HR functions are being discussed in relation to the extent to which they are standardized or localized by the factors presented are training and selection, recruitment and selection, performance appraisal. Anne-Wil Harzing and Joris Van Ruysseveldt (2003) indicated that some organisations encourages spouses within the selection processes, even though some individuals may interpret this as an obstacle to personal freedom.
In staff selection multinationals use three sources; their home country, a subsidiary's respective country and other affiliates' countries. While recruiting some organizations perform operational tests and psychometric records in their selection process to warrant that the individual is suitable for the job. The Human Resource manager works with their assistants to aid them in selecting someone in terms of skills and personal attributes.
The Performance appraisal factor refers to training and development where needs are identified, and compensation decisions are made. Another factor which involves two distinct processes denote to observation and judgement (Cascio,1991). Selection and Recruitment in some organizations perform operational tests and psychometric inventories in their selection process to ensure that the individual is fit or the job Glasgow(1994).
In training and development when an expatriate is selected, pre-departure training will make the expatriate more efficacious or perhaps, not a disappointment. Only a fragment of this training is cultural cognizance, a well-designed cultural training program can be extremely helpful as it seeks to foster an appreciation of the host countries culture so the expatriates behave accordingly, Peter Dowling (1999) goes on to cite an example of the Middle East, in this region emphasis is placed on personal relationships, trust and respect; couple this with an emphasis on religion that permeates every aspect of life.
Anne Harzing (2003) Expatriate Failure is considered as an early recall of an expatriate from an assignment. For instance if an expatriate is assigned to a subsidiary in France for three years and the family is unable to adapt to the new lifestyle, which in turn affects the employee's performance at work, he or she may be recalled after one year. Hence the need for expatriate performance management at multinational organisations.
This issue becomes more complicated in that the expatriate may now be reporting to someone in the Host Country subsidiary. Performance appraisal of Host Country Nationals is another concern of IHRM. The cultural differences of the parent and host countries may make the use of the standard appraisal system unworkable. J. V. Kiovisto (1992) explains a likely appraisal of a French employee by a Japanese manager; the Japanese manager can not directly criticize an employee's work. He may start by discussing all the good work the employee is doing on a general level.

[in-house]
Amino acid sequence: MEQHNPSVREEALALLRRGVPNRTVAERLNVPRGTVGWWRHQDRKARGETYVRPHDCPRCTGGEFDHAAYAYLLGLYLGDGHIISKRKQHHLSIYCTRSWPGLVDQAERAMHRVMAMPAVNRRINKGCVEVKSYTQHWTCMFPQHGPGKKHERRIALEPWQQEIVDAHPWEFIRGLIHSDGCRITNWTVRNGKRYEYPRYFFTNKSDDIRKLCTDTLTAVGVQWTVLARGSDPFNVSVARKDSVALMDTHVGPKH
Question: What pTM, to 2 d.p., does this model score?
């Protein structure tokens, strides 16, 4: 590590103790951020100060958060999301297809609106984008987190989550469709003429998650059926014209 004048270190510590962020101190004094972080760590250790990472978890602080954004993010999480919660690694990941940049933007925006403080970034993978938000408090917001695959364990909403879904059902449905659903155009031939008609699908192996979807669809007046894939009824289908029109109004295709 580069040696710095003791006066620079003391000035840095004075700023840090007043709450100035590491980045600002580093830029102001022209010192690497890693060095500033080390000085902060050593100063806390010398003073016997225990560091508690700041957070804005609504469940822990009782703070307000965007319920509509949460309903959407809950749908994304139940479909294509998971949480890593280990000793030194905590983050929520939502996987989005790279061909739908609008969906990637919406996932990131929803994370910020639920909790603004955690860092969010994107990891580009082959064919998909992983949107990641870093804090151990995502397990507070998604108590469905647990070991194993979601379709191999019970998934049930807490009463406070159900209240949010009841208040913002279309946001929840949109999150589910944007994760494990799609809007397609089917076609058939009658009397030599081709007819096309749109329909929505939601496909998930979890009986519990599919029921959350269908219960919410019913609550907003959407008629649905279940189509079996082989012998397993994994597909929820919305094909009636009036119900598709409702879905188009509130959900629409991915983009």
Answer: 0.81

The localization process of multi-national corporations (MNCs) is still at an early stage where there are still many activities needed to put in place to strengthen its operation. MNC's need to look beyond its coverage of IHRM studies in the area of training and development. One of the influences framework is it presupposes that countries that possess dominance through economic or political power will have their practices replicated by other countries. For example 'MNCs which originated in 'dominant' countries may seek to utilise their home-country practices in their foreign subsidiaries.
During the late 1960s and the 1970s, international organisations such as the World Bank and the International Monetary Fund, and a range of non-??government organisations devoted to improving the economic lot of Third World peoples, debated strongly that Western governments should 'liberalise' economic activity and reassure international economic interaction through lowering tariff barriers and allowing imports from low?? wage countries.
One of the influences framework is it presupposes that countries that retain dominance through economic or political power will have their practices simulated by other countries. For example 'MNCs which originated in 'dominant' countries may seek to utilise their home-country practices in their foreign subsdiaries.

In conclusion in a new foreign national location one of the central questions in the literature on MNCs is the degree to which their various foreign partners (or subsidiaries) act and behave as local firms versus the degree to which their practices appear to those of the parent corporation or another global standard. In a seminal paper on this topic, Perlmutter [1969] described three types of MNCs: ethnocentric, polycentric and global. According to this typology, the management practices in foreign affiliates of MNCs could resemble those of the MNC's home country (ethno- centric), could conform to local practices of the affiliate's host country (polycentric), or could adhere to a worldwide standard (global).
Subsidiaries from the three home countries seem to function differently. Though the US model is defined as the prominent model, US subsidiaries are localizing their HRM practices to some extent in Japan and more so in Germany. Furthermore, even though US subsidiaries are the only ones exhibiting some level of localization, they are also the only ones dominating a degree of transfer of their home country HRM system, especially in Japan, where local HRM practices are significantly different from home country practices